Exploring the past in Seville, Spain!

Those who do not know history are doomed to repeat it, or otherwise just not know as many neat factoids about the areas they travel while visiting around the world as they perhaps should. Whether it be doom or ignorance, I’m here to help cure the ailment. Today we touch upon Seville, Spain and its vibrant history as it has been passed down the empires of history.

Seville, Spain is an interesting city from a historical standpoint. It was founded approximately 2,200 years ago by the romans, who called it Hispalis. According to mythos Hercules himself founded the city, sailing through the Strait of Gibraltar (An article about Gibraltar can be found here) and founding the trading posts at Cadiz and Seville. If one looks closely you can still see the remnants of Rome in some sections of the city, such as the columns of La Alameda de Hercules as seen above, or the last vestiges of the aqueducts which are now crumbling in many places. In 712 the Moors, Muslims from the North of Africa, took the city and renamed it Ishbiliya. It was the capital city for the kings of the Almoravid dynasty and the Umayyad Caliphate from the 8th to the 13th centuries.

It was not until 1247 that the Christian King Ferdinand III of Castile turned his eyes to the city, capturing it the next year. This led to much growth in the city’s public sector which included a large amount of churches being built, including the Seville Cathedral (pictured above) which is the largest Gothic cathedral in the world! The city also has the distinction of being the last seat of the infamous Spanish Inquisition, which was held in the Castle of St. George.


After Christopher Columbus’ expedition to the so called New World netted Spain new avenues of resources, Seville saw a massive boom due to the fact that it had a monopoly with the Crown when it came to trading from the West Indies. All goods from the new world had to pass through Seville before being distributed to the rest of Spain. Due to this a ‘golden age of development’ began in Seville. Merchants from all over Europe came to buy the precious trade goods from North America. During this time the city’s population grew to over a million, and Seville knew untold wealth. All good things must come to an end though, and in the late 16th century its previous monopoly was at last broken when the port of Cadiz was also authorized as a port of trade. To make matters far worse the Great Plague of Seville in 1649 wiped out half of Seville’s population, devastating the city.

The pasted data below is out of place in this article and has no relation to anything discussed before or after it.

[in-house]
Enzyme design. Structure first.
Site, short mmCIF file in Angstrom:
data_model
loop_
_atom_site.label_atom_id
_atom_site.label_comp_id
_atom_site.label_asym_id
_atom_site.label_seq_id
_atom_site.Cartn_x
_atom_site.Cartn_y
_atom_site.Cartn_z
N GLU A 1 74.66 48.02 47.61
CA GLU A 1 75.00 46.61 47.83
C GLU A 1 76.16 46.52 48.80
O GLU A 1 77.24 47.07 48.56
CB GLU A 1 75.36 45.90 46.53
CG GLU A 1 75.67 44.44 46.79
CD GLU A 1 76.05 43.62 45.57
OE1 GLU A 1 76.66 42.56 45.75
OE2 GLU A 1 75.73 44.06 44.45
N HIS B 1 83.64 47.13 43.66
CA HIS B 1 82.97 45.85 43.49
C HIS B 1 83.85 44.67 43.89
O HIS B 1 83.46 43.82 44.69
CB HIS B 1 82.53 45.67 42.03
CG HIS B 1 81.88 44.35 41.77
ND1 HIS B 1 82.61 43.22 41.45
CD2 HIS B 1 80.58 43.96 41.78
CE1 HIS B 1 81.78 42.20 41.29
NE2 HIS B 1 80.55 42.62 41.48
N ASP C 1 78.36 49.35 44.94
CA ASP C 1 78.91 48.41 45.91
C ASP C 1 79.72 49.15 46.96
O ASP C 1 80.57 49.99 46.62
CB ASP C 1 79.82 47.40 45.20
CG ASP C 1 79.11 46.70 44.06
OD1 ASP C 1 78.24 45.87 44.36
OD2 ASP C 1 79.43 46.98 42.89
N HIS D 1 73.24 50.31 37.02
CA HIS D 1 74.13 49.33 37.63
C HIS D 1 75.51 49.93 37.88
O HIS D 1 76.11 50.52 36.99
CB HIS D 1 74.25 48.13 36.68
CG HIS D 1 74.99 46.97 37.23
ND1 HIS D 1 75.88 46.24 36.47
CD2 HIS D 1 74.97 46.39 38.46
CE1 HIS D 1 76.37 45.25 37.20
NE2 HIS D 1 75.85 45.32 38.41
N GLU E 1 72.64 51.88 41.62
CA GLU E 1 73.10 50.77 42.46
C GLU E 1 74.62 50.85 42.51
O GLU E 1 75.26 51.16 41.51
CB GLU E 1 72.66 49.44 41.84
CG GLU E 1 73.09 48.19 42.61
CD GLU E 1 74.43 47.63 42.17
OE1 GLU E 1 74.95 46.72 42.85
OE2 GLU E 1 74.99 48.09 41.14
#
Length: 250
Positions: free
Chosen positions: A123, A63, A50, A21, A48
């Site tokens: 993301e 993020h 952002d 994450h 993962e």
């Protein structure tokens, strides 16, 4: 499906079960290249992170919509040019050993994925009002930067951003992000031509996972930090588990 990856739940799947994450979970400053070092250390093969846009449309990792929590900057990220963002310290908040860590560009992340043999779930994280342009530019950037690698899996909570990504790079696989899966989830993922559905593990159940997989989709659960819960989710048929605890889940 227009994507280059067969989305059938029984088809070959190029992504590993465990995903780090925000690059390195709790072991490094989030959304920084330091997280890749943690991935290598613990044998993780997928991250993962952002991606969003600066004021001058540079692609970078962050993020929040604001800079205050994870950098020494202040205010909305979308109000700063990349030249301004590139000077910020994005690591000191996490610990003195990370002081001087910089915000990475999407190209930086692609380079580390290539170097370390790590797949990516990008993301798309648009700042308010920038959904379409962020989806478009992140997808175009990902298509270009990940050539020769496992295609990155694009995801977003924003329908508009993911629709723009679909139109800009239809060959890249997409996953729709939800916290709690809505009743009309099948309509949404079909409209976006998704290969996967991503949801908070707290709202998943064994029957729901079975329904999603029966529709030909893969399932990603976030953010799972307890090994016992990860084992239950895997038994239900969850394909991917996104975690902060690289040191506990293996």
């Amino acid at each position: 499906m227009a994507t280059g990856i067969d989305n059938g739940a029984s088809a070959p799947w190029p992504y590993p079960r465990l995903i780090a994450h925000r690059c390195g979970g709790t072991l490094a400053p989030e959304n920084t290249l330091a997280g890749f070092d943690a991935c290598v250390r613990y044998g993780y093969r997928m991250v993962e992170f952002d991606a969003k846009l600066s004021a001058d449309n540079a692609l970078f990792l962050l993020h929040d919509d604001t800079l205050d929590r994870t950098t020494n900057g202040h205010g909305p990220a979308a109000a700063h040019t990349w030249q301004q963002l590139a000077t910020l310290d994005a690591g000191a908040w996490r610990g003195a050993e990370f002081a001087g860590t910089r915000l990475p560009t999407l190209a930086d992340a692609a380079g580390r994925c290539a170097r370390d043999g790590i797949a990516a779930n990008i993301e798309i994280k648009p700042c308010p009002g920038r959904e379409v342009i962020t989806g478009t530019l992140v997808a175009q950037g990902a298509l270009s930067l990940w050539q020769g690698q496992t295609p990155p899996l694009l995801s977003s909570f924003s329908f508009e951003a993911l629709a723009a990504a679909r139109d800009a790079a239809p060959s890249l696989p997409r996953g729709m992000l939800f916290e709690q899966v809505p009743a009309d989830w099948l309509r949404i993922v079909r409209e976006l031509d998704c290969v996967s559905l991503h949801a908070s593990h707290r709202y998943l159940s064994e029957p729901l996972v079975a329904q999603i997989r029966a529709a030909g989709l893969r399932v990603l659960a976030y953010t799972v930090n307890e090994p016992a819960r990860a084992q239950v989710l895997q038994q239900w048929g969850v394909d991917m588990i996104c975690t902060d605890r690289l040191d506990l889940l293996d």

In the 18th century Charles III of Spain promoted Seville’s industries. The Royal Tobacco Factory, pictured above, began construction in 1728 with several additions to it over the next 30 years. At the time of its completion it was the second largest building in Spain, only surpassed by the royal resident El Escorial. In more recent times it has been the seat of the rectorate of the University of Seville. In the 20th century Seville fell very quickly at the beginning of the Spanish Civil War in 1936, due to the fact that a general carried out a coup within the city and captured the city center without much resistance.


Seville has a very rich history, and it still shows in the city today. It has a vibrant old town where its Roman and Moorish past can be easily seen, and its grand constructs of the Christian faith are a reminder of how closely tied to the Catholic church the city has been throughout the years. Seville is a beautiful city that has transitioned to the modern age about as well as any European city, and we’re super excited to be stopping there as part of our Drag Stars at Sea: Europe Allstars! For all of the details on this exciting trip, go here.

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